I love John Piper.
His book Desiring God, stirred in me a passion to pursue pleasure in the person and work of Jesus Christ probably more than anyone. Admonishing us to not waste our lives on the frivolity and farces popular culture offers, his focus on the message of desiring God above all has been so refreshing — so focusing. Like a cool drink of water in the midday sun.
One of the farces and frivolities that Piper warns against is football. Seeing it rightly — as a quasi-false-religion for millions — he wants God’s people to be very wary of giving their passion to a game when their passion for God needs to be stoked.
This is a message that has always resonated pretty easily with me. I never played football. My family never watched football (or any team sports, really). So, giving up something I never really liked was hardly a sacrifice. And feeling morally superior to my peers whose passion for the game was manifest all around me appealed to my flesh and insecurity.
And, therein lies the problem.
I became a Big Game legalist — a bit of a football pharisee, if you like alliteration.
Look, watching millionaires in stretchy pants run around on a field probably won’t inspire me more than it has anytime soon. I’m unlike to become suddenly smitten with game stats and Sports Center. And yet, watching the Super Bowl with my family last night (mostly because I live in New England and felt it was my missionary duty to do so), I couldn’t help but realize that I was sharing an experience with the millions of people in my city. For many of them, the Pats winning a stunning upset victory last night really will be the highest of joys they taste. They’ll treasure this moment for decades to come, squeeze it for ever drop of pleasure that they can.
Shared Experience and Sharing Faith
Shared experiences allow God’s people to demonstrate that all-satisfying joy in Christ by enjoying lesser things appropriately. God didn’t design the world — sports included — for us his people to turn their noses up and disapprovingly walk away. We’re actually the ones that should be free in Christ to enjoy the world appropriately. Sharing this moment with my fellow New Englanders creates a bit more real estate on a shrinking piece of shared life that Christians may have with an increasingly hostile culture. Should I willingly cede that ground of gospel possibility for the sake of preference? Probably not.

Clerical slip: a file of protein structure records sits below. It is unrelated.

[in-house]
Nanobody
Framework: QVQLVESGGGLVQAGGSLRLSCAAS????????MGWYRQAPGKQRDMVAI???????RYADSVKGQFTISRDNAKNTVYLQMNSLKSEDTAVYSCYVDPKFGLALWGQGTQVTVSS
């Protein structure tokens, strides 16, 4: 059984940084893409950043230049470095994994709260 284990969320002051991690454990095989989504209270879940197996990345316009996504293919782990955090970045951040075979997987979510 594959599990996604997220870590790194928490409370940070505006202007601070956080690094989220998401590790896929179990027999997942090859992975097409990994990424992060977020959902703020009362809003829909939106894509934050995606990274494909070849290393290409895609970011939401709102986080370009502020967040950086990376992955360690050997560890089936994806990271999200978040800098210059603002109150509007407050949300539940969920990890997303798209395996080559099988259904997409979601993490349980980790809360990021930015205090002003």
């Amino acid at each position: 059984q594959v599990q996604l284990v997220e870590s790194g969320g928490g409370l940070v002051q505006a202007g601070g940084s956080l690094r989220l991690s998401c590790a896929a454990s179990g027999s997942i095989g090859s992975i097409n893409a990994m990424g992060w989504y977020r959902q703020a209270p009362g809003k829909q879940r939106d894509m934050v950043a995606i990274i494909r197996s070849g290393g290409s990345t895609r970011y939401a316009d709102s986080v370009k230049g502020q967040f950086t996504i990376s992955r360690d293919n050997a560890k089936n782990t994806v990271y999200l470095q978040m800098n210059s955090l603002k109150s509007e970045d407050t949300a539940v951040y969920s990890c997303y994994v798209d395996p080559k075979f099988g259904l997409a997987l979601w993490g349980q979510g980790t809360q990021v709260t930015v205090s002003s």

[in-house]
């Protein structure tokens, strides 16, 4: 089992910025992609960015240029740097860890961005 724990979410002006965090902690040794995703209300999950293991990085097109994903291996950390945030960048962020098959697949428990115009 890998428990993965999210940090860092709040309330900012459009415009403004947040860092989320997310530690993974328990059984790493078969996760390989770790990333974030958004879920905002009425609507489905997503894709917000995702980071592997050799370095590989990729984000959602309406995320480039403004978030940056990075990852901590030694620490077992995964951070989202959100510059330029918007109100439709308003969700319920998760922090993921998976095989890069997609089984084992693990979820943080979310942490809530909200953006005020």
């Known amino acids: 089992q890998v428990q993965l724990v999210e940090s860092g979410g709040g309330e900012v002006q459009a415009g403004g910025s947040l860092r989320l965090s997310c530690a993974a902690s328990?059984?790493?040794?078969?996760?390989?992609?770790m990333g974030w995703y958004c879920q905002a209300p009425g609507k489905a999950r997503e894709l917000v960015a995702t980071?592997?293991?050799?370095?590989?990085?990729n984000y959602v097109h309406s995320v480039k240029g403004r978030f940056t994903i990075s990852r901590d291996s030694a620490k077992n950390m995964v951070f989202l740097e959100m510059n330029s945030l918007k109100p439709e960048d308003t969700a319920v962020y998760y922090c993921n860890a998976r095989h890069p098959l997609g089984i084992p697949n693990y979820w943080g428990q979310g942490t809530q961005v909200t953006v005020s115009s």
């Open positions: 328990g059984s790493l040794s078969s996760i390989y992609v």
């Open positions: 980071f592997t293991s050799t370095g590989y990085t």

Mini Battles Point to the Big One
While football isn’t really my thing, I am extremely competitive. I like to win … a lot. And, I think God likes to win, too. Especially since He’s working out the greatest upset victory of all time. Is football a farce? It is if it’s the only battle we’ve got in mind — the only one we’re living for. Should athletes be paid unfathomable amounts of money to distract us while the world suffers from real problems? Probably not. But that system won’t change if Christians aren’t engaged, modeling the appropriate proportion of praise these guys are due. We can enjoy wins and brush off losses because we’re supposedly the ones aware of a bigger game going on.
Enjoy the Game and Enjoy God
I could probably learn to enjoy the game more, that’s true. But, I can also learn to enjoy God more. And, done rightly, football (or anything else in the world) can build a scaffold for the expression of joy that Christ supersedes and actually satisfies. For the millions in my region, the victory will be sweet for the next few days. That is, until it wears off. Or until the Pats lose. Or until Brady retires.
Not so with God. His victories only increase. His glory only grows. His goodness never ceases. His mercies never stop. And, in him, we’re all heading toward a championship that will last longer and taste better than any football game. But, if we’re thinking rightly, it’s also the kind of victory that the best of games may point to.1